ST. PAUL — The future is bright, and fairly certain for women’s hockey at the University of St. Thomas.
In conjunction with the announcement that the Tommies were moving to the NCAA Division I level in all sports came the news that the St. Thomas women’s team was the newest member of the WCHA women’s league. They already play in an arena with seating for 900 (ideal for women’s hockey at the D-I level) and they fit the WCHA’s geographic footprint as the league’s sixth Minnesota-based team.
“In some ways, it was a no-brainer. I think it’s an absolute win-win for both of us. Our board voted unanimously back in April to extend an invitation and I think we’ve been patiently waiting to celebrate that,” WCHA women’s commissioner Jennifer Flowers said. “We’re so excited and we’re very proud.
"To get us back to eight members was huge, but it wasn’t just any eighth member. It was an eighth member that was going to make the WCHA better and we definitely got better with this announcement.”
The good news is similar for the Tommies men's hockey team, which will also become the state’s sixth D-I program a year from now. But for them, the move comes with two important needs: They need to find a conference, and to compete at the D-I level long-term, they will likely need to find a new arena.
In a Thursday morning Zoom call, St. Thomas athletic director Phil Esten said questions of conference and facility are being carefully considered.
The new Central Collegiate Hockey Association, which begins play in 2021-22, currently has seven teams, including Bemidji State and Minnesota State University-Mankato. It would seem to be the logical landing spot for the Tommies.
Esten and CCHA commissioner Don Lucia have been friends since the days they both worked at the University of Minnesota. The two have been in contact for more than a year, long before Lucia was named to the position. Both men said no formal presentation has been made to the CCHA, nor has an invitation been extended by the CCHA.
“As we sit and watch the landscape of men’s hockey also shift a little bit, we’ve had conversations with several people in Division I hockey, and Don’s among them, along with several others,” Esten said. “I think it’s important to note that as we look for a right fit from a conference standpoint, it’s not simply our decision to make. We need to seek and secure an invitation...and that doesn’t happen overnight.”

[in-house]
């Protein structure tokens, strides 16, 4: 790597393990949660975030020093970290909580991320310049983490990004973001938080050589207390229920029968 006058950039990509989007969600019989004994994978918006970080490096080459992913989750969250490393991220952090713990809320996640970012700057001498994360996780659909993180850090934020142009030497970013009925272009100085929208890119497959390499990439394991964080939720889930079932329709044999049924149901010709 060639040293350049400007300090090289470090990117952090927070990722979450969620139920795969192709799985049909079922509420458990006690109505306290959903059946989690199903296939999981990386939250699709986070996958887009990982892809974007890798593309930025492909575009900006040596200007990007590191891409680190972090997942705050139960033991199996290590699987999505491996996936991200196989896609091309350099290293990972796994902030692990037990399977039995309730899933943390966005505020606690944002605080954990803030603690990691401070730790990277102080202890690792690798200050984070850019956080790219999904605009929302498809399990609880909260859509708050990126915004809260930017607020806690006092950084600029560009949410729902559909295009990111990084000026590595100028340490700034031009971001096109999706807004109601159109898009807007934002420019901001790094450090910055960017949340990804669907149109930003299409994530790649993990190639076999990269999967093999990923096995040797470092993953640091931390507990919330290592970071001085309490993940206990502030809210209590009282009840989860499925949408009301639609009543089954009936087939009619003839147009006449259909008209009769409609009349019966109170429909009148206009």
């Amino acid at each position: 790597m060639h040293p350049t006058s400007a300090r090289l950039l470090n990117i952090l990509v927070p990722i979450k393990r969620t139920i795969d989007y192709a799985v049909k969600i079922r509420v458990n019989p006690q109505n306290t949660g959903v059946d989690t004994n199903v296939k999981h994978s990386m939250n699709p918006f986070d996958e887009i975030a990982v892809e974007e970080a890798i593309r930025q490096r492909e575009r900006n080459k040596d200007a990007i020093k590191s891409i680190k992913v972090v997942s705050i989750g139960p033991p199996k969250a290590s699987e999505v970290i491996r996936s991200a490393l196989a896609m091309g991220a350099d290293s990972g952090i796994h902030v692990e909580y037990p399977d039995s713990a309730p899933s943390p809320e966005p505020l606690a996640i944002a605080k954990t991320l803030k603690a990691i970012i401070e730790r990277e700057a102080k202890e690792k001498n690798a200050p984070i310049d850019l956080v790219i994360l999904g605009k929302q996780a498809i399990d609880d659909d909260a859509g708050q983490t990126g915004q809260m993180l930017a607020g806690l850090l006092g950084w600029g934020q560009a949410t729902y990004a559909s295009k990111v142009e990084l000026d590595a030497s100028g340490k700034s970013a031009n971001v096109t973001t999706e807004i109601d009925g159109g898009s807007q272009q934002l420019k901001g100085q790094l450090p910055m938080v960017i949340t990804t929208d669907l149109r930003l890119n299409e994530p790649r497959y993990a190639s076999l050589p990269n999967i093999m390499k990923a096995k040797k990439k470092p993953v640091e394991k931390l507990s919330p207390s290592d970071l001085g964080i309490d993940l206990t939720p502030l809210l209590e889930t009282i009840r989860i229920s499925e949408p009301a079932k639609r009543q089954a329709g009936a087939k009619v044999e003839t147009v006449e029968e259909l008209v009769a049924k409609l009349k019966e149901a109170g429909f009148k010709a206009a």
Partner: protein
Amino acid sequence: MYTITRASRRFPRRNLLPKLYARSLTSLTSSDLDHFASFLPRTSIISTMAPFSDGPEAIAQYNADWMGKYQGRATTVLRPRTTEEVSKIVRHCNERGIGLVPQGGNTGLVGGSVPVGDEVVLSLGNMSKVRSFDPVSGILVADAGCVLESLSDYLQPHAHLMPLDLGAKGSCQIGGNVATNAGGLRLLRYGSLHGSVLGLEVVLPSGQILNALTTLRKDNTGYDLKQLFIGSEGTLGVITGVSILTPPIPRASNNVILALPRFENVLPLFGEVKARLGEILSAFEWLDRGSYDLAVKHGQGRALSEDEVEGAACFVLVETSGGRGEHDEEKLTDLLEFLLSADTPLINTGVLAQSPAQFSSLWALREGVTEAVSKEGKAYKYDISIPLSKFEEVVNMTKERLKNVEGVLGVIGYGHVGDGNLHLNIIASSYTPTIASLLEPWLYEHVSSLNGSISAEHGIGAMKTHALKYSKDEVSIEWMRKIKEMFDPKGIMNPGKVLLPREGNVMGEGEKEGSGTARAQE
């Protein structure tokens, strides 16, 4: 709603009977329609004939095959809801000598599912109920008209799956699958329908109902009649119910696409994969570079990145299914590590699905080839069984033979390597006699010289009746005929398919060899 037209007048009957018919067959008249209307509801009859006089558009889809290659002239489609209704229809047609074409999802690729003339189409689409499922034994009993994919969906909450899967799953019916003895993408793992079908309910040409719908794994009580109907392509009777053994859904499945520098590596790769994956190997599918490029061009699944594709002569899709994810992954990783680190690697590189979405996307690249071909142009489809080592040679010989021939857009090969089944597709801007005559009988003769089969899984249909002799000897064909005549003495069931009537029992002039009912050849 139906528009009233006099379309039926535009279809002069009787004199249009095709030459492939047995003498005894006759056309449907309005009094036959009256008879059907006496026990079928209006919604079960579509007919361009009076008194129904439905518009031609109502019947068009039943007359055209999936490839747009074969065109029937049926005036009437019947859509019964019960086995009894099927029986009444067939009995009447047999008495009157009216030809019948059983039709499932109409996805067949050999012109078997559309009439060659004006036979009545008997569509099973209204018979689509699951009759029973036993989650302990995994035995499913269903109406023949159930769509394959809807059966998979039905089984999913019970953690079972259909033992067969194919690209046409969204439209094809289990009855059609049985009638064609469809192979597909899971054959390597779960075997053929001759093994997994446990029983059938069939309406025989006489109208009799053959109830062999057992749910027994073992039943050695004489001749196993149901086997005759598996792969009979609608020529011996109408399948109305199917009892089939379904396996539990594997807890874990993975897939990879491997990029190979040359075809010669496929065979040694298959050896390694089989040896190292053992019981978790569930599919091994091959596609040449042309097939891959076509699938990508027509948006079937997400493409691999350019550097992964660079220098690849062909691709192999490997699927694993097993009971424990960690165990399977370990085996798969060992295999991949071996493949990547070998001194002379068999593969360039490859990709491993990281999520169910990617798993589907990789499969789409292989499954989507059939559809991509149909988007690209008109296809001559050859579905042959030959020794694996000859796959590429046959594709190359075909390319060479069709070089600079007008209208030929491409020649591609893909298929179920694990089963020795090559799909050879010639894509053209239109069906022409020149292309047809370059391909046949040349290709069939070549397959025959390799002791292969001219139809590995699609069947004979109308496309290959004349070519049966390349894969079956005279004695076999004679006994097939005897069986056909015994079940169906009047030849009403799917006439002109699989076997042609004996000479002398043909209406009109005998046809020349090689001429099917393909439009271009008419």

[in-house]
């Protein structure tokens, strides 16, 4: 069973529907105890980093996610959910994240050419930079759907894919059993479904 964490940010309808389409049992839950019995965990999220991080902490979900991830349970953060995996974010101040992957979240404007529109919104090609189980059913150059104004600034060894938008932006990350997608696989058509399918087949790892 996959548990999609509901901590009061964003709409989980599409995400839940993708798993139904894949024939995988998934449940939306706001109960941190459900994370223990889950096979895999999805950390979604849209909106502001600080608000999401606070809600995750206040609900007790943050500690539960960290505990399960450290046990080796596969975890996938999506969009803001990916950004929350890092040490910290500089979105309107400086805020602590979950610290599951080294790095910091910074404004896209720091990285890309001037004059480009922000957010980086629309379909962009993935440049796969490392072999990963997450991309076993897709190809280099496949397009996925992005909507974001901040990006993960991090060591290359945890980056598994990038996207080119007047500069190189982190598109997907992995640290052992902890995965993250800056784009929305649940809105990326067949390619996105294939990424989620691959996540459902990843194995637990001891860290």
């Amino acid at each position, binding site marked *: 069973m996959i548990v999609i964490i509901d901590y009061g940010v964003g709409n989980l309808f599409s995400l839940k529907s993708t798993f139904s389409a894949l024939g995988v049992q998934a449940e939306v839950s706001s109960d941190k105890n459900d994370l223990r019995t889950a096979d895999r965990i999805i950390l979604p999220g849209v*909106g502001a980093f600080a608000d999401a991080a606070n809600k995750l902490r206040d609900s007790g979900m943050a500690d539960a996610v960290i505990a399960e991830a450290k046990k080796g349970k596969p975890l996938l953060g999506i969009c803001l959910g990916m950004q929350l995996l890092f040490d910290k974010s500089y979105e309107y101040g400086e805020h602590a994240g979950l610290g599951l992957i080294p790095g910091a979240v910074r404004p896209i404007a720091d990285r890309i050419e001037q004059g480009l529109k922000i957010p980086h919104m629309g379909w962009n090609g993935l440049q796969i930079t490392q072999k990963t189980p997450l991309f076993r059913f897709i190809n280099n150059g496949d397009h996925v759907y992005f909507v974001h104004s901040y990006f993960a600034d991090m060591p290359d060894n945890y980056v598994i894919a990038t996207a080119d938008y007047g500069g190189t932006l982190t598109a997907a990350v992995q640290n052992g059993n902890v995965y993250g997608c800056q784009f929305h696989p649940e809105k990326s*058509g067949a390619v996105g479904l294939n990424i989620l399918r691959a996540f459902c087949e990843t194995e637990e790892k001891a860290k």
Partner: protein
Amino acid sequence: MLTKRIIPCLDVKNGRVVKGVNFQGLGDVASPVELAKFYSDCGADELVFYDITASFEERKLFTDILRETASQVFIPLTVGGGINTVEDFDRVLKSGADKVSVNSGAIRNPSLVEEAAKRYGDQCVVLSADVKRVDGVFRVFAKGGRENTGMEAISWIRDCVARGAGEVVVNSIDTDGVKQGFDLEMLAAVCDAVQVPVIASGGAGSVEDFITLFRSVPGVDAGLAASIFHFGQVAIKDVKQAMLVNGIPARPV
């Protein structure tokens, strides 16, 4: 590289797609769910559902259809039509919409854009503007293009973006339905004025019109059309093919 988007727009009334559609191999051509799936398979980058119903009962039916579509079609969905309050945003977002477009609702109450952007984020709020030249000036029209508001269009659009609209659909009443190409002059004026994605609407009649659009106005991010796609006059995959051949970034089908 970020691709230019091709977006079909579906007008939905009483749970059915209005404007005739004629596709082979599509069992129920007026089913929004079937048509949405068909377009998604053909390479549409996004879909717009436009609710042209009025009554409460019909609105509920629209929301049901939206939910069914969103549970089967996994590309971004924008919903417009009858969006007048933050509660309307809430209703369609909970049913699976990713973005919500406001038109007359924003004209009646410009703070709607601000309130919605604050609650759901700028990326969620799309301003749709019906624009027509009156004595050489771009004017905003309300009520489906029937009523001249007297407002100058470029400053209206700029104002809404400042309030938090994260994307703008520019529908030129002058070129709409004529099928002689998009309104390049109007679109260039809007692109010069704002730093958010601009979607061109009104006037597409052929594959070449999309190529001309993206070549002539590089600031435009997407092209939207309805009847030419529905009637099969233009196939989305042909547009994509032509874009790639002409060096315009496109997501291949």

A new hockey home?
Talking about his facilities, Esten said that St. Thomas Ice Arena, located in suburban Mendota Heights, Minn., adjacent to St. Thomas Academy, will be the home of the Tommies men “in the short term” as they consider their options.
“From a facilities standpoint, right now there isn’t anything that requires us to do anything further than what we’re doing,” Esten said. “We’ll certainly take a look at student-athlete amenities — from a recruiting standpoint and an experience standpoint — fan amenities, as well as the revenue opportunities in those venues, and we’ll have to assess how that plays out over time.”
While speculation has begun that St. Thomas may build a multi-purpose hockey and basketball arena on or near its campus in the future, there are other, larger places the Tommies could play in the metro area, at least temporarily, including Ridder Arena at the University of Minnesota, the State Fairgrounds Coliseum (although that facility has not had ice since 2014) and the lower bowl of Xcel Energy Center. Esten indicated that having their current rink as a home base and moving some games elsewhere is a possibility.
“There are some other facilities across the community that may offer slightly larger capacities and, on occasion, we may compete in a game where we think we need something larger and may take a look at that,” he said.
Lucia said that there is not an official minimum arena requirement for a school to be considered for CCHA membership, but indicated that a new arena would serve St. Thomas well.
“I think it’s fair to assume that they’re going to be looking at adding some kind of facility for hockey if they want to make this endeavor to play at the Division I level,” Lucia said, by phone from his home in Alaska. “If they could find a footprint and a location to build something with 3,000 seats, that’s probably what they need in this day and age.”
Per statistics from College Hockey Inc., of the 60 teams competing at the men’s D-I level of hockey last season, only two — Arizona State with 747 and Alaska-Anchorage with 750 — have seating capacities smaller than that of St. Thomas Ice Arena.